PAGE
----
Back Button Focus
Videos, whispers and rumours about back button focus are everywhere. I’ve had shed loads of emails and messages asking to do a video about back button focus. Is it better? When should it be used, do I recommend it…?
So what is back button focussing?
Basically it’s the ability to separate focus activation from the shutter button and re-assign it to a button on the back of the camera. Pretty much all cameras can do it. Or to put it another way, I haven’t yet seen one that can’t.
I can’t tell you how to set it because all cameras are different. You’ll have to look in the dreaded handbook for back button focus, or search online. Someone somewhere has probably made a video explaining how to set it up on your camera.
Once set, you use your thumb to focus instead of your finger. Full auto, single point, single shot, continuous, modes work just the same, so you can combine them as you wish for the shot you want to take. But now they’re separated from the shutter button which now only takes the photo.
Some say it’s faster and easier to use. Often quoting sports as an example.
Let’s say you’re in continuous mode. When you press the back button the camera is continuously focussing as you compose shots. If you’re in full auto it chooses where to focus just as with the front button, in single point it continuously focusses on your chosen point. When you release the back button, focus locks and stays at that distance until you press the it again.
In single point, single shot, it focuses on on your chosen point, release the back button and it stays locked on that focal distance.
What are the benefits?
Only you can say because In reality it’s only a benefit if you prefer it as a method of working. Like everything on a camera the only way you can learn is to give it a go for yourself. Test and practise until you know if it’s right for you.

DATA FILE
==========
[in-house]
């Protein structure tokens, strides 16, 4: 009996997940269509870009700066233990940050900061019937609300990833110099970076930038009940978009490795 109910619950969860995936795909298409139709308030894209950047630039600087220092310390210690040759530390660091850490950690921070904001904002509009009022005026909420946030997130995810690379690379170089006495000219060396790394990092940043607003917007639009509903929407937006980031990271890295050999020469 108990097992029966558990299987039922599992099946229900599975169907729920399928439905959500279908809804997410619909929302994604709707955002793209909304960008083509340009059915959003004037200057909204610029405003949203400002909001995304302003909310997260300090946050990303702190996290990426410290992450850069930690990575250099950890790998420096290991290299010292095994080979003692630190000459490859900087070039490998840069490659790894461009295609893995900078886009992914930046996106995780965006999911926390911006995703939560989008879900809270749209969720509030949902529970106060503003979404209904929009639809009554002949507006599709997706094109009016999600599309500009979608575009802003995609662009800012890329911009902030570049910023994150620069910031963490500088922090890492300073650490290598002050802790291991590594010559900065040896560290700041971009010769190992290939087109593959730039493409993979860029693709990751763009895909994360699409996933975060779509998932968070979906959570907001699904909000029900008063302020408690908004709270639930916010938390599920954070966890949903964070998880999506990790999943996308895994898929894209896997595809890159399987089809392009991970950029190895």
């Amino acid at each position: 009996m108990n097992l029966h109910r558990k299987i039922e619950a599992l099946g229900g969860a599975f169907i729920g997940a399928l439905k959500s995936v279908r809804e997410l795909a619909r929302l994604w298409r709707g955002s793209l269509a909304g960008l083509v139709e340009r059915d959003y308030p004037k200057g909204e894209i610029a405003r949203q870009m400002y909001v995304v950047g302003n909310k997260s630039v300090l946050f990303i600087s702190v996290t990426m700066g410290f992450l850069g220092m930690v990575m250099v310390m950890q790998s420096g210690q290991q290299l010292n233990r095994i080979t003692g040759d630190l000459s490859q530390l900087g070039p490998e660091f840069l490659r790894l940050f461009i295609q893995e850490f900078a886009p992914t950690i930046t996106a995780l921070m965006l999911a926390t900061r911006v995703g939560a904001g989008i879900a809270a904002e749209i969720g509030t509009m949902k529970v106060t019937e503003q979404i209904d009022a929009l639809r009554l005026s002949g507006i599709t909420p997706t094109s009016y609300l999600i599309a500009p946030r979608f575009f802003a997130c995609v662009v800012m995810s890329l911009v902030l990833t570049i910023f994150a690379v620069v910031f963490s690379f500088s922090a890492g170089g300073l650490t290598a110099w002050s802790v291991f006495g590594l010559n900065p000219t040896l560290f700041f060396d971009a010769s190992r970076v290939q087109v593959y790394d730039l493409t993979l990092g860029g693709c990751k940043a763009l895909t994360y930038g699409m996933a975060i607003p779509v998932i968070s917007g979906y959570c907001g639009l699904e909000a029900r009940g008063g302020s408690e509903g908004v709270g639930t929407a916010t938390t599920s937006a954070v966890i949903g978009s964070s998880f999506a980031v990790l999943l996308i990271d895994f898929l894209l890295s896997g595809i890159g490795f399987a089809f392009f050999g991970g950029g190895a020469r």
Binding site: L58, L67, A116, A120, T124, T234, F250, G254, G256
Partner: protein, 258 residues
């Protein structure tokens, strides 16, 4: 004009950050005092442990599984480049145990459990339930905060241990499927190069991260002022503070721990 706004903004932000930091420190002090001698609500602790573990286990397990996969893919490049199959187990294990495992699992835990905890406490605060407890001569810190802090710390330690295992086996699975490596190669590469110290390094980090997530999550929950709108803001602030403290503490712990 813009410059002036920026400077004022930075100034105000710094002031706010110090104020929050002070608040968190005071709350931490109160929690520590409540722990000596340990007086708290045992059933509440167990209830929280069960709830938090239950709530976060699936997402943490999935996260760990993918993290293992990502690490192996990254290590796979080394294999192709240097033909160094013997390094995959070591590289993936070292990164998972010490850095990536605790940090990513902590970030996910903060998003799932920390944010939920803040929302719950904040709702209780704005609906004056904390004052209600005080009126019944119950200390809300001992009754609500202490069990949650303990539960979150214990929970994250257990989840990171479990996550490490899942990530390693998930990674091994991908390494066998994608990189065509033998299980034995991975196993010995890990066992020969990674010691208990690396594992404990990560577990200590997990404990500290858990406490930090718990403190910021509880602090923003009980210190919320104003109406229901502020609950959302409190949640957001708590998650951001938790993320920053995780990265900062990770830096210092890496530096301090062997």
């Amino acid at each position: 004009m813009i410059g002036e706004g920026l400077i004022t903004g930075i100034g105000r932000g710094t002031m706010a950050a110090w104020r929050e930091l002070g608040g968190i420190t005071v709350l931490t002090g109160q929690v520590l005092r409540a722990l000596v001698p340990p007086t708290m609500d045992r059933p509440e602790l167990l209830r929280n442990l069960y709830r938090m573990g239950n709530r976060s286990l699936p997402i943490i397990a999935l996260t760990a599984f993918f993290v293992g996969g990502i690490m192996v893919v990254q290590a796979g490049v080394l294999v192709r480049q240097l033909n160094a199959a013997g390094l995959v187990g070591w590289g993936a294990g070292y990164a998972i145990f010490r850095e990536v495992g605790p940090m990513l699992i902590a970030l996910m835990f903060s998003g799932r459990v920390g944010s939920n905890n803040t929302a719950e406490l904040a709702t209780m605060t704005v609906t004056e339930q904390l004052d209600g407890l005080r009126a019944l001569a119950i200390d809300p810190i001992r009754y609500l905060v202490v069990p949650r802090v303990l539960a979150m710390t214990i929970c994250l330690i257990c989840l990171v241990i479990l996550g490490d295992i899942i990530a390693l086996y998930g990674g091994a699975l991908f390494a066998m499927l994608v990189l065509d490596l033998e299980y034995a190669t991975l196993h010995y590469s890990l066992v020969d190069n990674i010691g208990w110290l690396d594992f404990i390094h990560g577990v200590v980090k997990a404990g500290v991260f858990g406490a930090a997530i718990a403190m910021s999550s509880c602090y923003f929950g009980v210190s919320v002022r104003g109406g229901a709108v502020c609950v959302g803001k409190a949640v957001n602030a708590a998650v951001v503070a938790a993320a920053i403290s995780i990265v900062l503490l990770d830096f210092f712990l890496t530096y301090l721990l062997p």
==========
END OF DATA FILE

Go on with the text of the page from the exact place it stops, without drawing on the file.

I know how tempting it is to look for short-cuts by taking someone else's advice. When any of us are starting out, we have to ask those who are already experts how they do it. Learning from the experience of others makes complete sense and I wholeheartedly support it.
But remember it’s only their advice which they’re likely to be passionate about because it works for them. It doesn’t mean it’s the right way or the only way. In photography there are many ways to achieve the same result so begin by trying what the experts suggest, learn how to control your camera and make it do what you want it to and then you can make an informed choice about what is best for you.
There’s tons of free stuff out there online (my own included) but as beginners, wer don’t know which information we need in which order to be efficient and make things work seamlessly. We don’t know which order we need this mass of information. As a trainer I specialise in delivering it in sequence so the learning curve is smooth and fulfilling.
Going it alone is false economy because of all the wasted time, being overwhelmed and frustrated by too much - too soon. If you’re trying to get out of auto exposure, my beginners course will get you there on week 1 alone. It’s less than the cost of a cheap used lens and you can even get a free sample. If you’ve read down this far you’re serious, so go check one out.
Do I use or recommend back button focus?
I certainly recommend you try it out and see if you like it, see if it fits what you like to photograph and is easy and comfortable for you to use.
Personally I hate it. My thumb gets in the way, I find it awkward, uncomfortable and there’s nothing I can do at the back, that I already do from the front (including sports) by setting up my AF appropriately which takes just seconds. To me back button focus is the work of the Devil!
I use the back button for exposure lock because I find it invaluable for fast moving situations in changing light when there’s no time to fiddle with exposure settings.
But that’s only my opinion. You might try it and completely disagree!
Until next time..
7 Steps to Perfect Pictures is a demanding course because it's akin to learning a new language. Even if one masters the grammar that's useless unless the vocabulary comes easily in conversation when it's needed. So for me, the true value of the course was to provide me with the elements that will enable me to become "fluent" over time.